Community Plumbing Challenge: Teams Get Started on Work in New Mexico

Community Plumbing Challenge: Teams Get Started on Work in New Mexico

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Editor’s Note: Randy Lorge is one of the coaches for the Community Plumbing Challenge team, which is currently in New Mexico doing projects for residents of the Navajo Indian Reservation. It’s the fourth year for the program that aims to bring together plumbers and engineers from around the world to help regions that still lack basic sanitation and access to clean drinking water. Lorge will be blogging regularly during the team’s time in New Mexico, detailing the work that they are doing.

This week team members from various parts the United States as well as Australia, South Africa, and Ireland began work on the first ever Community Plumbing Challenge held in New Mexico on the Navajo Indian Reservation. There are four teams that average in size from five to six plumbers and we have a few electricians who are jumping from job to job as needed.

The Assignments

Each team was assigned anywhere from one to three homes to work on. The homes vary in level of need. The neediest require a septic system, a water supply tank, all new drains and water supply systems, and various new fixtures.

My team, a group of five plumbers and an electrician, were assigned residence No. 10, a trailer home where a family of 10 lives. The husband, wife and eight children live with no running water, no septic system, and an electrical supply that is basically a couple of extension cords strung across the ground from one home to another. The only water they do have is delivered and stored in an outside container that holds about 50 to 75 gallons of water.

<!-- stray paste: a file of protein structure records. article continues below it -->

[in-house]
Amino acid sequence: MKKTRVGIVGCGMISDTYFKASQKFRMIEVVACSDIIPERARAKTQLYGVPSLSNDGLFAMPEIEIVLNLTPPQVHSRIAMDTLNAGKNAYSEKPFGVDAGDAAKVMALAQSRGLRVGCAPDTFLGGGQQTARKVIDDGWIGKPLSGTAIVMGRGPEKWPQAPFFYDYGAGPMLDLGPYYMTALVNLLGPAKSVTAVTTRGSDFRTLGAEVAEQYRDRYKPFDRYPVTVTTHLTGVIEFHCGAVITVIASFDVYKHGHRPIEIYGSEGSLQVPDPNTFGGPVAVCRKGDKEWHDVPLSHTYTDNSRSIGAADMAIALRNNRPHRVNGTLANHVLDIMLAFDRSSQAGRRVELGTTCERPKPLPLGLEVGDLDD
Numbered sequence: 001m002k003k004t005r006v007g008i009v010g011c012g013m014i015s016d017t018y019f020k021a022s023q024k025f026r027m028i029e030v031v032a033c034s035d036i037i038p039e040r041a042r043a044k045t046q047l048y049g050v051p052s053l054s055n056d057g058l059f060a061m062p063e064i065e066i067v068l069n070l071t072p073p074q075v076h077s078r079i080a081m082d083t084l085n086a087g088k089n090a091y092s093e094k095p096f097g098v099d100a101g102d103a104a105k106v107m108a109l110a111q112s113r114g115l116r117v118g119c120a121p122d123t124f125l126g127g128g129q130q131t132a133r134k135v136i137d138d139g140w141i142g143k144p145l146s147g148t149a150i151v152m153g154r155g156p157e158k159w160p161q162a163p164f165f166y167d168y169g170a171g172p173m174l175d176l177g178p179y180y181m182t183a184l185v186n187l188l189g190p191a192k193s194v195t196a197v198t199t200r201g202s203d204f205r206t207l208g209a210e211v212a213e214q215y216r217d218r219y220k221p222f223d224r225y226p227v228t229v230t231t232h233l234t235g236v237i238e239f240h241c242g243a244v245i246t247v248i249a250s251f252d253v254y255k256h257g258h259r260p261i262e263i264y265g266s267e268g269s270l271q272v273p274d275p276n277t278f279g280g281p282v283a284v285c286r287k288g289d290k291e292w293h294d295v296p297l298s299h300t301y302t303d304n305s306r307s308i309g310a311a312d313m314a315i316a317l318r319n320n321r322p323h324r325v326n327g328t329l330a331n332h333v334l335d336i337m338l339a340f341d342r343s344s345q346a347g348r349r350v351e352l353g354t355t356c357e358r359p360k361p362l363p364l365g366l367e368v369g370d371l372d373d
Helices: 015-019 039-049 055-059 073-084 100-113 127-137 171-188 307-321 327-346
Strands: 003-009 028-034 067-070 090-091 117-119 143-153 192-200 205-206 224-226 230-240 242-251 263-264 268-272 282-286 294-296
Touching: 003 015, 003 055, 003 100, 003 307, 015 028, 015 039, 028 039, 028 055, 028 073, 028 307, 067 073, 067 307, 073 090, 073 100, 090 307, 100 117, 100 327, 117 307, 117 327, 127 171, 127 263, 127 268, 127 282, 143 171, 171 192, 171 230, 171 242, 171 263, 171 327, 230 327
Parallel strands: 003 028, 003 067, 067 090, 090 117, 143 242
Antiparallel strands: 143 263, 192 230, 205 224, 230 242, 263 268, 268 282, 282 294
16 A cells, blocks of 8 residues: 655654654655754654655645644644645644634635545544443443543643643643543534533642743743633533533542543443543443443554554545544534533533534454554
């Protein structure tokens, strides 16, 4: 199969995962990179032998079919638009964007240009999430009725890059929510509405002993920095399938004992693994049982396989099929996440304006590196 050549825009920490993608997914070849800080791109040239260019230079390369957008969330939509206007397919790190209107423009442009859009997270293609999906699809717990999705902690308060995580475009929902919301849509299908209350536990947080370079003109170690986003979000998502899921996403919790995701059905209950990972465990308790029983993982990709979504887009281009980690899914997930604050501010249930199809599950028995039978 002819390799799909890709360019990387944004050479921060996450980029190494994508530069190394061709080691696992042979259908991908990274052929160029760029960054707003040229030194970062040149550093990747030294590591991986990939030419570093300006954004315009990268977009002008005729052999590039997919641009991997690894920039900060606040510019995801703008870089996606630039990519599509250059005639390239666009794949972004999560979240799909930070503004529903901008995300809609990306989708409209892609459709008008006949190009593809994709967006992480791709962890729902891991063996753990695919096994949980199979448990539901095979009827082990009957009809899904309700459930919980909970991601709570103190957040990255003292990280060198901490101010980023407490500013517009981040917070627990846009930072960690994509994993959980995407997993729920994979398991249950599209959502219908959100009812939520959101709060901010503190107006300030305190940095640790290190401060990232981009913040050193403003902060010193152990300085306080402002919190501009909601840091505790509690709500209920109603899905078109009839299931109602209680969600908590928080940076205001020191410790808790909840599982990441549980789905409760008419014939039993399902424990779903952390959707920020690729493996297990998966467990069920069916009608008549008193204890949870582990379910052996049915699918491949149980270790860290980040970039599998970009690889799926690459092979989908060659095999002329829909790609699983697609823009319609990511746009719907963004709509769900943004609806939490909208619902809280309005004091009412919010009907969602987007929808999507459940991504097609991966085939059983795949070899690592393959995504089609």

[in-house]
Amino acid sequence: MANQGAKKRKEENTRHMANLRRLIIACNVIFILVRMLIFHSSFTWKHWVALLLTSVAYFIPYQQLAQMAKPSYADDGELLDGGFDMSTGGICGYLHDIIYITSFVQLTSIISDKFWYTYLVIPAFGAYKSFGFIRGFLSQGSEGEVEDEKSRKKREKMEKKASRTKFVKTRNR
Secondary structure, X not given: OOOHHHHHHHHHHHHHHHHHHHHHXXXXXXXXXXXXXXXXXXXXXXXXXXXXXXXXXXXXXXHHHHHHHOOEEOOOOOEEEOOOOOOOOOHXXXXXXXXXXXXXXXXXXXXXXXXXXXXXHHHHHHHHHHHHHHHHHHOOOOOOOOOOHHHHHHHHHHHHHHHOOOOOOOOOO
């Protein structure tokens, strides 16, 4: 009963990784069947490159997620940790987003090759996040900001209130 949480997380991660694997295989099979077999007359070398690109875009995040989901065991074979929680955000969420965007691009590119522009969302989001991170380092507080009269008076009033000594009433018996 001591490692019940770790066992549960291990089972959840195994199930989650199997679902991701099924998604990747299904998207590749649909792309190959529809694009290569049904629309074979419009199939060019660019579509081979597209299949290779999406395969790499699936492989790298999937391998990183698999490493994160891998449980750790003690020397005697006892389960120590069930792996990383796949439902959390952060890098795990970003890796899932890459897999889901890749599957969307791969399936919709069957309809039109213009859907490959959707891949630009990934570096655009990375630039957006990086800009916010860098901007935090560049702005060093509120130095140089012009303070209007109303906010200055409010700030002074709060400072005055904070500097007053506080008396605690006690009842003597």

My team and I have been assigned one of the neediest projects. 

The Work Begins

When we first arrived on the site, we did a thorough evaluation of the project. The home had no toilets. There was no bathtub or shower and of course there was no running water or septic. The part that was hard to handle was that the holes that were roughed in for the drains where some of the plumbing fixtures once existed were left open to the outside. They were literally wide open to the outside where temps can vary from upward of 100 degrees F in the summer months to well below freezing during the winter.

After our assessment the team broke up into smaller groups. One group began removing the remains of the no longer useable drains from the mobile home and the other started removing the galvanized water piping.

A New Infrastructure

The new infrastructure started to come together very quickly. A 1,200-gallon plastic water tank was delivered and the location for a new septic tank and drainfield was determined.

The organizers of the project, DigDeep and the Community Plumbing Challenge among others, provided  a new water supply system, which included a buried 1,200-gallon tank, a 120v pump, a water filter, an electric water heater, and all new water distribution piping. Within an hour and a half, our excavator dug the hole for the tank and it was installed. Within three hours, a water truck arrived and 1,200 gallons of fresh water was delivered and the tank was filled.

By the end of the work day the team had a grip on what needed to be done for the remainder of the project. Material lists were drafted and supplies were ordered.

Life for this family was about to change forever, as was ours.


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